There is always the danger that the big game last weekend between Manchester City and Chelsea will be remembered more for what happened in the closing stages than for the masterful display that Conte’s Chelsea put in. Fellow super-coach Pep Guardiola paid Conte the ultimate compliment going into the match, setting up his expensively assembled team with three at the back and looking to match Chelsea’s system like-for-like. The result of the match, a resounding 3-1 defeat may suggest that it didn’t work, yet up until the point that De Bruyne rattled the crossbar when it looked easier to score early in the second half; it looked like City who were going to take the spoils.
The switch in system did however leave Guardiola’s side vulnerable to the counter attack; something which the Catalan admits can be a weakness of his tactical approach. From a position where they should have been 2-0 up, less than quarter of an hour later they found themselves 2-1 down to a team so well-organised defensively that it hardly concedes. Eden Hazard put the icing on the cake in the final minute before Aguero’s x-rated tackle sparked off the histrionics that we saw in added time.
The result affirms that Chelsea’s title challenge needs to be taken seriously. Eight wins in a row and only two goals conceded is ominously good form and their win at the Etihad has seen them seize the initiative going into the hectic festive period. They now face a run of relatively winnable fixtures until they travel to White Hart Lane in the first week of the new year.
This wasn’t the first time this season that City’s title credentials have been called into question; from being hailed by many as the clear champions in the opening weeks, the defeat at White Hart Lane in early October and subsequent dropped points at home against Everton, Southampton, Middlesbrough and now Chelsea are starting to raise serious doubts about whether Guardiola will be able to sweep all before him as he has done previously in Spain and Germany. Only once in his seven seasons as a top line manager has Pep failed to win the league; yet could this be his second? Upon his appointment many suggested, most notably my wife(!), that Guardiola may not be quite as good as everyone seems to think he is. At Barça he inherited not so much a golden as platinum-level generation of players that simply needed nurturing and the beginning of the end of that great side was brought about by the head coach’s tactical over-thinking.
At Bayern he took over a side that had just won the treble playing a thrilling counter-attack based style in a league where the only team that had come close to overtaking them, Jurgen Klopp’s brilliant Borussia Dortmund side, was heading into decline as a result of the break-up of the side sparked by Bayern and others cherry picking the best talent. While winning the league each season could probably be seen as par-for-the-course in Munich, failure to repeat what Heynckes had done and lead the highly talented team to Champions League glory, hinted at weaknesses in Guardiola’s football philosophy.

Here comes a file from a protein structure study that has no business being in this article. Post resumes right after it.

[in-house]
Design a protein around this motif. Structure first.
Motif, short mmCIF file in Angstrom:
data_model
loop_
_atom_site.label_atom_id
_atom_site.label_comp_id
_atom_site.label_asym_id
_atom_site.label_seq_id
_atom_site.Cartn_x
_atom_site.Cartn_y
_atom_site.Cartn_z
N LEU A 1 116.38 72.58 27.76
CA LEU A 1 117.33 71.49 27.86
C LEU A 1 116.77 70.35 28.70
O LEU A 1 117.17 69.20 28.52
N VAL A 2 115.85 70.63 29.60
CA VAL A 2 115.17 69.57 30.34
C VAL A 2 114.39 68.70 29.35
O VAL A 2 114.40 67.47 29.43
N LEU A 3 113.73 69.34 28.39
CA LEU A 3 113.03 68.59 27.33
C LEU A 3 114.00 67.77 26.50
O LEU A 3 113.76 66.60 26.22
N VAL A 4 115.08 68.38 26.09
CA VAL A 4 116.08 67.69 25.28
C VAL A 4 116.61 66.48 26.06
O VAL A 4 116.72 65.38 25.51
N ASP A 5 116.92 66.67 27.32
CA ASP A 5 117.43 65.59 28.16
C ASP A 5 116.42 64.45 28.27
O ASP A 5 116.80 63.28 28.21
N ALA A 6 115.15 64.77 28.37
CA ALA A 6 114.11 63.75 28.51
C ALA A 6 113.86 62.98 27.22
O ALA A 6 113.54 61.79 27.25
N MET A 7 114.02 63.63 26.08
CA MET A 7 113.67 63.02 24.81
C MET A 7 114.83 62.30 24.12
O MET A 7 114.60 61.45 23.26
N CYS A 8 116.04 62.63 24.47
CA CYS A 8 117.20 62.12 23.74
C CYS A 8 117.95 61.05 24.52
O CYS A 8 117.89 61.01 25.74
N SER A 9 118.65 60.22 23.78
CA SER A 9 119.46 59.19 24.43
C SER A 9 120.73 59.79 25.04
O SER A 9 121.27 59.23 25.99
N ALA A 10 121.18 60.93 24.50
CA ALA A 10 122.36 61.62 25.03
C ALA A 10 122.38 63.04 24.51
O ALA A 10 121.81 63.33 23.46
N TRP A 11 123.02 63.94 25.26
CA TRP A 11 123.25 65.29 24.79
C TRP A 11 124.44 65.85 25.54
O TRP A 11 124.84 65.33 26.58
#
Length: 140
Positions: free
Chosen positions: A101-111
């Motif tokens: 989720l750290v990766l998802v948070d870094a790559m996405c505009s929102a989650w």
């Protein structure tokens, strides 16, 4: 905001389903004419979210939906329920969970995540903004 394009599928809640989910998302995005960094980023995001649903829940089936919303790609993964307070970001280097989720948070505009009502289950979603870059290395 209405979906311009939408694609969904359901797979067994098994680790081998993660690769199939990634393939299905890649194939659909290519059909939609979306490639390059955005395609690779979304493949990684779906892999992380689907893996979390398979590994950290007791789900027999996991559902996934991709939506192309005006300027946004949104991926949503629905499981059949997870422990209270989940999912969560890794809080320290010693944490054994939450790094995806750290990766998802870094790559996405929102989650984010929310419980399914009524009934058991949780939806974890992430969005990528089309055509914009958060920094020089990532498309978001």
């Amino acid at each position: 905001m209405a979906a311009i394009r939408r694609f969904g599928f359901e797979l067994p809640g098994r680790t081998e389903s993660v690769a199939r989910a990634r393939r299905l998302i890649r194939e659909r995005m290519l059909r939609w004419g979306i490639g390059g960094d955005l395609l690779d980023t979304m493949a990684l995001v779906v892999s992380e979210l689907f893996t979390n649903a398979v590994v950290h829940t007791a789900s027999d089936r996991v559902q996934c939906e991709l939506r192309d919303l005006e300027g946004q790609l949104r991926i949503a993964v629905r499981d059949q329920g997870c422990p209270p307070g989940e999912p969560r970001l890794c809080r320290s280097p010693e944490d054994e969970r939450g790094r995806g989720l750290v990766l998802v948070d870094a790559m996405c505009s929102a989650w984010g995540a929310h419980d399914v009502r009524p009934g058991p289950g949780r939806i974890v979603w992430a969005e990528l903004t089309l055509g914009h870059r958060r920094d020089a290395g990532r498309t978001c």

The Premier League presents a challenge like no league in the world, it isn’t a league dominated by one or two teams but one where every team carries a threat and will fight for every single point. The relative lack of tactical sophistication and nuance of the Premier League is in many ways exactly what makes it so exciting. The high-speed, end-to-end nature of the game in England must seem like a world away from the more organised and tranquil nature of the continental game.
Guardiola’s philosophy is based completely on having the ball; dominating possession and working intensely to recover it on those occasions when it is lost. This is as much to cover for defensive weakness as attacking intent. There is increasing evidence to suggest that the possession game is dying out, Leicester won the Premier League and Portugal the Euros by conceding possession and attacking on the counter, even the new incarnation of Barcelona under Luis Enrique is founded on better defensive organisation and a more vertical game based on the sublime attacking talents of Messi, Suarez and Neymar.
There also appears to be a lack of flexibility in Guardiola’s tactical approach with players being shoehorned into roles that don’t necessarily suit them; and while he professes a tailored approach for each opponent, there is scant evidence to suggest that these variations have reaped too many benefits: the hasty reversal of his decision to go 3 v 3 at the back against Barcelona on his return to the Nou Camp in 2015 and Saturday’s failed attempt against Chelsea, provide two obvious examples.
It may well be that, given time to develop his players and approach, Guardiola will elevate Manchester City to the level of the elite European superpowers; it just seems that at the moment becoming the top team in England may not be quite as straightforward as it first seemed.